Where Are Amish Communities in Michigan?
A rugged climate can challenge unestablished Amish settlements, especially in northern Michigan. Luthy quotes one letter from an early settler at Mio, who noted the shorter growing season and harsh winter weather.
The Old Order Amish in Lenawee County, for example, disavow indoor plumbing. Yet members of this community work in area factories and operate a sawmill, among other businesses.
The Amish are famous for their skilled craftsmanship, and many families run small businesses in the area. Their products can be found in local shops, markets and stands. They also produce homemade furniture and textiles for sale to the public. Visiting these communities is a great way to experience the Amish culture and traditions.
The Old Order Amish do not own cars or use indoor plumbing. They dress plainly and do not use power lawn mowers or electricity. They travel by horse and buggy and rely on septic systems to dispose of waste.
The Amish and Mennonites are similar in some ways, but there are a few key differences. The Amish believe in shunning technology, news and even family members that do not adhere to their interpretation of scripture. The Mennonites, on the other hand, do not have that same strict interpretation of shunning and often work in conjunction with Amish communities. The Amish in Michigan include both Old Order and New Order groups.
Michigan is a state that has attracted new Amish settlements, with many of these communities founded in the 2000’s. Amish in this region tend to be Old Order Amish and adhere to strict church rules known as the Orndung. These rules vary from community to community, but generally involve restrictions on technology (such as power lawnmowers and cell phones) and social interactions.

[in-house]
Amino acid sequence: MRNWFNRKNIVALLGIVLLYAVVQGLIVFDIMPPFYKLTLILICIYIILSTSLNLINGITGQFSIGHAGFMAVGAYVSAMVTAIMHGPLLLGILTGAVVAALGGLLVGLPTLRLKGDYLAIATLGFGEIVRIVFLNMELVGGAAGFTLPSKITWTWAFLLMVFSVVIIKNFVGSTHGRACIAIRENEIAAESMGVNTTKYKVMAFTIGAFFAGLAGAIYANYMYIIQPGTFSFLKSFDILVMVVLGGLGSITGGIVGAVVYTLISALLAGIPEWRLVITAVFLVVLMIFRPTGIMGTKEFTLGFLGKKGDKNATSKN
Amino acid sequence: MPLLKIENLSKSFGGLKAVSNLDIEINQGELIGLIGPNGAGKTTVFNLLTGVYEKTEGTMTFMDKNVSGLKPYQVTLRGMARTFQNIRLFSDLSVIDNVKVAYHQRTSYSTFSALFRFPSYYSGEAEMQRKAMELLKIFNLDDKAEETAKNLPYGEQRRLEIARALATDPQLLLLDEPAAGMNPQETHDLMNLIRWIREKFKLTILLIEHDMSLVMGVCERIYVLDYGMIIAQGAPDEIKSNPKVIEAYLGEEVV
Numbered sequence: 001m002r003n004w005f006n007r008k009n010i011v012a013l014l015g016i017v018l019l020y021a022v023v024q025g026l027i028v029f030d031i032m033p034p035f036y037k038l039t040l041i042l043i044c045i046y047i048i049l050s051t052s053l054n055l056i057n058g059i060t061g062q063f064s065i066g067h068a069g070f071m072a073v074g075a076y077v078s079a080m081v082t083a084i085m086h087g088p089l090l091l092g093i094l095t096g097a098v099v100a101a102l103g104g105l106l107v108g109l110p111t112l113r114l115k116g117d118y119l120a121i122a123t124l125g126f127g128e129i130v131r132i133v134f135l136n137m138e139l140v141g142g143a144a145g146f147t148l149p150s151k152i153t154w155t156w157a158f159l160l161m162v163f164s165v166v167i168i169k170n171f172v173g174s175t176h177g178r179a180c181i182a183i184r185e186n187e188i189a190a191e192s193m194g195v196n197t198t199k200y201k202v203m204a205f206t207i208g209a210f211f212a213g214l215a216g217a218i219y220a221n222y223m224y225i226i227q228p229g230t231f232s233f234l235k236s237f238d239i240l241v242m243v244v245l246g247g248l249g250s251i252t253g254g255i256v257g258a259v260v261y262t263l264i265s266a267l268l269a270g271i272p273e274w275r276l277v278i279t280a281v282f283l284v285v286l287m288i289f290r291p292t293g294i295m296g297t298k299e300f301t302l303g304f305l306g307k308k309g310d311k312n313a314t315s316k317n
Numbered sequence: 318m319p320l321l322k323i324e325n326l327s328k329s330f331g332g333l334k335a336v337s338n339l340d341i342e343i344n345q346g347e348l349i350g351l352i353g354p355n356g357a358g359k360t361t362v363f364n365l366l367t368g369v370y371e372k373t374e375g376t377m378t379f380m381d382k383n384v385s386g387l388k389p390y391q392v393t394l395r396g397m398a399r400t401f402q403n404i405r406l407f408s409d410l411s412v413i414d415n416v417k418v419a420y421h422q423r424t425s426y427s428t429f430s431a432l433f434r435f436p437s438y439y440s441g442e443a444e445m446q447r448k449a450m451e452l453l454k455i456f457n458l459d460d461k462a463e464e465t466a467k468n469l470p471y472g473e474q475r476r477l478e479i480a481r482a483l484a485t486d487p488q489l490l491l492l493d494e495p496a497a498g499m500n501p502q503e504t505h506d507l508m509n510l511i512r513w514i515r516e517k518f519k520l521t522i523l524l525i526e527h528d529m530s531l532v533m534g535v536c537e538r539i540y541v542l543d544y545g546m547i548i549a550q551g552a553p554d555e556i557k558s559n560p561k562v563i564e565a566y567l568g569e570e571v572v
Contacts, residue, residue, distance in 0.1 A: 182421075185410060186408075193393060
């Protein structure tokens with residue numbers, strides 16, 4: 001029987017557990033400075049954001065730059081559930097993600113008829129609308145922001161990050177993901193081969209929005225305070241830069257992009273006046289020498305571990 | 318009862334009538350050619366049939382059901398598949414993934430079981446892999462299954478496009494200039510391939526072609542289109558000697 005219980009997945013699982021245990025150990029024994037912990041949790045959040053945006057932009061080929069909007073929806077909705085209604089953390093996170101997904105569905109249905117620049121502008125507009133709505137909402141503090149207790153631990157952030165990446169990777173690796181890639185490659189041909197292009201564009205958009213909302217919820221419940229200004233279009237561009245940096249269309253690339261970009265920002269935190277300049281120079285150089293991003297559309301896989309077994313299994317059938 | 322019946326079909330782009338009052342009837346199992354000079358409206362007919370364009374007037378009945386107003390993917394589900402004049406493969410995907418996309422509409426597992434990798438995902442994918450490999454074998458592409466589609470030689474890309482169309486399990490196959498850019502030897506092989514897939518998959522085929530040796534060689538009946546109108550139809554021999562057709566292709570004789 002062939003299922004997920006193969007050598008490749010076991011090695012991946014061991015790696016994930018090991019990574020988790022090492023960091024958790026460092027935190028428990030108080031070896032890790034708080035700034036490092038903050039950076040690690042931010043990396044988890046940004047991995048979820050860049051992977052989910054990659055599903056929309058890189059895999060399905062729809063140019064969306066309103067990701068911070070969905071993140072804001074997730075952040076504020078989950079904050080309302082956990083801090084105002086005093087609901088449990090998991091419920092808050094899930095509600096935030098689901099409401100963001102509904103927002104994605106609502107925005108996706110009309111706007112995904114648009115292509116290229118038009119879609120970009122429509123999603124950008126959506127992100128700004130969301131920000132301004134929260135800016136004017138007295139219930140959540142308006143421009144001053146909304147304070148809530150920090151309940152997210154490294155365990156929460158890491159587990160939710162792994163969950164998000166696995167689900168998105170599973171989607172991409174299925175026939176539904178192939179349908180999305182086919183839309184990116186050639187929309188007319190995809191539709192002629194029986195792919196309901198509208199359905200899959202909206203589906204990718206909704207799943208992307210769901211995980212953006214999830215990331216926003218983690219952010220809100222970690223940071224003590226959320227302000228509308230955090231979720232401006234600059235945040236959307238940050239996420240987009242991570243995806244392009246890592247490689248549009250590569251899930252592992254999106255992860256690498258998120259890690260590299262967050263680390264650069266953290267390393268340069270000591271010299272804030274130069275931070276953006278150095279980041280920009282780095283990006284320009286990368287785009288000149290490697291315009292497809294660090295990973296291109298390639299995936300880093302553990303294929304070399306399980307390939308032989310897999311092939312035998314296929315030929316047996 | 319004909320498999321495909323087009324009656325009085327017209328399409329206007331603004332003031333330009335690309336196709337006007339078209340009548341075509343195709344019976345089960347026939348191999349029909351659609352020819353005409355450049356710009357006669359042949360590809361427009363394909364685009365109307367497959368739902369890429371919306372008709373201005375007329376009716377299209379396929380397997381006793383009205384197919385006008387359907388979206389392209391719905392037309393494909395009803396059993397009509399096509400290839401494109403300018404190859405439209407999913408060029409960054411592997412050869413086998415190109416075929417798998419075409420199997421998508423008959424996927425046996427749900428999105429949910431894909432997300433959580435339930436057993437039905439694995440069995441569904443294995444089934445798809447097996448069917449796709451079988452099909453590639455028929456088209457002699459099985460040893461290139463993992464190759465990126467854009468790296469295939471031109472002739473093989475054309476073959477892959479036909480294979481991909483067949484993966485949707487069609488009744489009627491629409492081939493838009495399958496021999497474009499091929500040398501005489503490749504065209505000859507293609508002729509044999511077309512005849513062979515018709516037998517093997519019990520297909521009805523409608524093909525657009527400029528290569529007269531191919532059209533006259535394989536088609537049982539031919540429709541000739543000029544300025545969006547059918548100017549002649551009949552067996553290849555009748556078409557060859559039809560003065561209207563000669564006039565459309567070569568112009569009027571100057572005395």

The Amish in Jackson County work hard to maintain their traditional lifestyle, and the community is tight-knit. Many residents work in local businesses, including furniture-making and quilting.
Like the Amish in other communities, those at Camden rely on agriculture and family-run businesses to survive. But they have had some difficulty adjusting to changing times. One example involves a dispute in 1964 when 11 fathers refused to allow the school’s teachers to be state-certified, arguing that it would violate the principle of separation of church and state. That issue prompted some Camden Amish to move to Steuben County in Indiana, where schools were permitted by the state.
The Old Order Amish do not use indoor plumbing or toilets. Instead, they dip out their waste by bucket and treat it with lime before mixing it with animal manure and spreading it on their farms. The county’s threat to force these Amish families to install septic systems strikes some locals as government overreach.
Manistee County is home to one Amish settlement, North Adams. The youngest of the state’s Swiss Amish communities, it was established in 2010 by Menno Graber and other families from Quincy and Camden.
The Amish are known for their close-knit community and strong sense of family. They live simply and rely on each other for support and assistance. Their children are educated in one-room schoolhouses until the eighth grade, when they typically enter the workforce. Many Amish have their own businesses, including bakeries and woodworking shops. They also own restaurants, such as Yoder’s in White Pigeon, which specializes in Amish cooking.
Gratiot County is home to a few Amish communities. One of these, Quincy, has 6 church districts and is the second largest Amish settlement in Michigan. The other is Bronson, which has 1 district. Both have Amish schools and churches.
Branch County is another Amish-heavy county in the state, with 5 separate Amish settlements. These include the large Quincy community, Bronson, Reading/Hillsdale (which also includes part of Hillsdale County), and Coldwater/Kinderhook. One of these is actually one of the oldest Amish settlements in the state, founded at Mio in Oscoda County in 1970.
Amish tours are popular in these areas, and give visitors a chance to observe the Amish way of life while learning about its history. Many Amish families operate small farms, where visitors can purchase locally grown produce and handmade goods. There are also Amish restaurants in these areas, such as Yoder’s Restaurant in White Pigeon, which serves up a menu of traditional Amish dishes like chicken and noodles, meatloaf, and homemade pies.